And as NBC’s Ken Dilanian flagged, former federal prosecutor Mimi Rocah said on MSNBC yesterday that this development essentially skewers the “John Edwards defense” — Trump’s argument that these payments were NOT about the election.

In the Edwards case — the only time this theory of campaign finance fraud was brought into court — the benefactors who paid his mistress argued that they were not intending to influence the election, Dilanian says. In the Trump case, everyone involved says it was about the election except Trump.

NBC News: Trump tells friends he’s concerned about impeachment

This story, by NBC’s Carol Lee, Kristen Welker and Nicolle Wallace, isn’t normal news, either:

“Despite President Donald Trump's public declaration that he isn't concerned about impeachment, he has told people close to him in recent days that he is alarmed by the prospect, according to multiple sources. Trump's fear about the possibility has escalated as the consequences of federal investigations involving his associates and Democratic control of the House sink in, the sources said, and his allies believe maintaining the support of establishment Republicans he bucked to win election is now critical to saving his presidency.”

More: “‘The entire question about whether the president committed an impeachable offense now hinges on the testimony of two men: David Pecker and Allen Weisselberg, both cooperating witnesses in the SDNY investigation,’ a close Trump ally told NBC News.”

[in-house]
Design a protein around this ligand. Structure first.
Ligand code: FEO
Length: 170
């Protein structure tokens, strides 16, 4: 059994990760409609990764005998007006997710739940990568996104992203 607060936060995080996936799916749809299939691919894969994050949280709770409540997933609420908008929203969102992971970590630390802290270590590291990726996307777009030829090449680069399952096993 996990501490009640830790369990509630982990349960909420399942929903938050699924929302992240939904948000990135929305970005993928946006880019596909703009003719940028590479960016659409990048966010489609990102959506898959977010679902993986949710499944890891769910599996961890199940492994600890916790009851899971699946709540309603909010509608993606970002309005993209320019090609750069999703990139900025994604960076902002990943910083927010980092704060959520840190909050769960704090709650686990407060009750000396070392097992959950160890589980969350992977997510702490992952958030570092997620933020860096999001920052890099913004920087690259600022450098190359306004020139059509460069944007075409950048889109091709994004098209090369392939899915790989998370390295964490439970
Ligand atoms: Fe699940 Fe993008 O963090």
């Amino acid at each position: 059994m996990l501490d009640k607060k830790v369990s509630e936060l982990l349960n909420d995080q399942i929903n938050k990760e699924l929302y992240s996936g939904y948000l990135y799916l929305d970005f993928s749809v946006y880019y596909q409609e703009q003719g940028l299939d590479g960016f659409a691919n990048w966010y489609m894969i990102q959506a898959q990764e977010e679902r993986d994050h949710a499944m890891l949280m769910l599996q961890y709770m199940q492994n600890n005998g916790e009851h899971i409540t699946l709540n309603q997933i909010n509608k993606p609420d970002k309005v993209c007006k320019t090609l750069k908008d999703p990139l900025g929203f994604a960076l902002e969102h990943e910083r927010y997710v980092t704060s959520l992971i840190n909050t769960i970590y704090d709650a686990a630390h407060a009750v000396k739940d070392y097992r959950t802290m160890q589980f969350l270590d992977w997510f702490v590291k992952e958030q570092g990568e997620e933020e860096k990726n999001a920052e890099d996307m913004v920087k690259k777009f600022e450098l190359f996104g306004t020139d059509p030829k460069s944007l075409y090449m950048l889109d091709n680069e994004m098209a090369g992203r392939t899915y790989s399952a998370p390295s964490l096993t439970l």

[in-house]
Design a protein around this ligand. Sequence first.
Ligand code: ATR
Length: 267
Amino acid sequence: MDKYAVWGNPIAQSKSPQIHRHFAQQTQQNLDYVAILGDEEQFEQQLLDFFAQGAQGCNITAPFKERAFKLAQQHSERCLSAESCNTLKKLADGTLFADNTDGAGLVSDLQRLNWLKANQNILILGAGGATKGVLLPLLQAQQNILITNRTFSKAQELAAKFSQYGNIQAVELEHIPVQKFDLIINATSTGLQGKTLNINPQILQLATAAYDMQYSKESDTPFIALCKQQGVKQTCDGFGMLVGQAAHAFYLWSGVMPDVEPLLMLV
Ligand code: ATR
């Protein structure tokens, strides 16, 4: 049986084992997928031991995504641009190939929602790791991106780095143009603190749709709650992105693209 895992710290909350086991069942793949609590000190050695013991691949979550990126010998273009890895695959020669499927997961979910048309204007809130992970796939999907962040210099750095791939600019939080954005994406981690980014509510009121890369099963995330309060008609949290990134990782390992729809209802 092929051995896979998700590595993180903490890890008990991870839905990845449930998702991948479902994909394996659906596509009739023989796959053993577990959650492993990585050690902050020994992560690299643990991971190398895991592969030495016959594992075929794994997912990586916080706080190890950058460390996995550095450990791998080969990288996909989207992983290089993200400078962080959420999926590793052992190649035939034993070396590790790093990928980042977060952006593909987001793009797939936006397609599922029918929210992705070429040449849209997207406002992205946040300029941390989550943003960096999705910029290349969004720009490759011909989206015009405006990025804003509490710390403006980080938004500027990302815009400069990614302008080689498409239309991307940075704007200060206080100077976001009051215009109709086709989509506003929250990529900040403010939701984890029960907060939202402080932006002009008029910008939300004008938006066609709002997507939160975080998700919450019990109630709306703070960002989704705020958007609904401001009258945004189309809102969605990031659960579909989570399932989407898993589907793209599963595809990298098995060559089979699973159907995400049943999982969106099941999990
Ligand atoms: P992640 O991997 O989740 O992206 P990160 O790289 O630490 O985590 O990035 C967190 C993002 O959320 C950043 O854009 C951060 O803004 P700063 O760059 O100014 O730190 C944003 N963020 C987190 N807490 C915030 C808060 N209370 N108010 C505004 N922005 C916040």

Pelosi reaches deal to secure Dem votes to be speaker

“House Minority Leader Nancy Pelosi announced Wednesday that she had reached a deal with dissidents who have been pushing for new Democratic leadership that ensures the California Democrat has the necessary votes to be elected speaker next month,” per NBC’s Alex Moe, Kasie Hunt and Rebecca Shabad. “Under the agreement, members serving in the top spots in House Democratic leadership would only be allowed to serve in their roles for three terms before needing a two-thirds majority in the caucus to be elected to a fourth term. Leaders are currently not subject to term limits and only require a simple majority to win election.”

Castro announces exploratory White House bid

In 2020 news, former San Antonio Mayor and HUD Secretary Julian Castro announced on Wednesday that he was forming a presidential exploratory committee, and that he’ll make a formal announcement next month.

“I’m exploring a candidacy for president of the United States in 2020. I’ll be talking with folks over the next several weeks, and we’ll make an announcement about my plans on January 12, here in Texas,” he said in a video.

May survives no-confidence vote, but her Brexit plan is still in trouble

NBC News: “Prime Minister Theresa May survived an effort to oust her as head of Britain's ruling Conservative Party on Wednesday, leaving her standing but wounded as the government scrambles to negotiate Brexit just months before the U.K. is due to leave the European Union.”

But the New York Times adds, “While Mrs. May survived to fight another day, the future of her stalled plan to leave the European Union looked bleaker than ever. She still lacks the votes in Parliament to pass it. She stands little chance of winning the concessions from Europe that she needs to break the logjam. And the surprisingly strong vote against her within her own party underscores the difficulty she faces in winning approval for any plan for Britain to leave Europe, or Brexit, as the deadline for withdrawal looms.”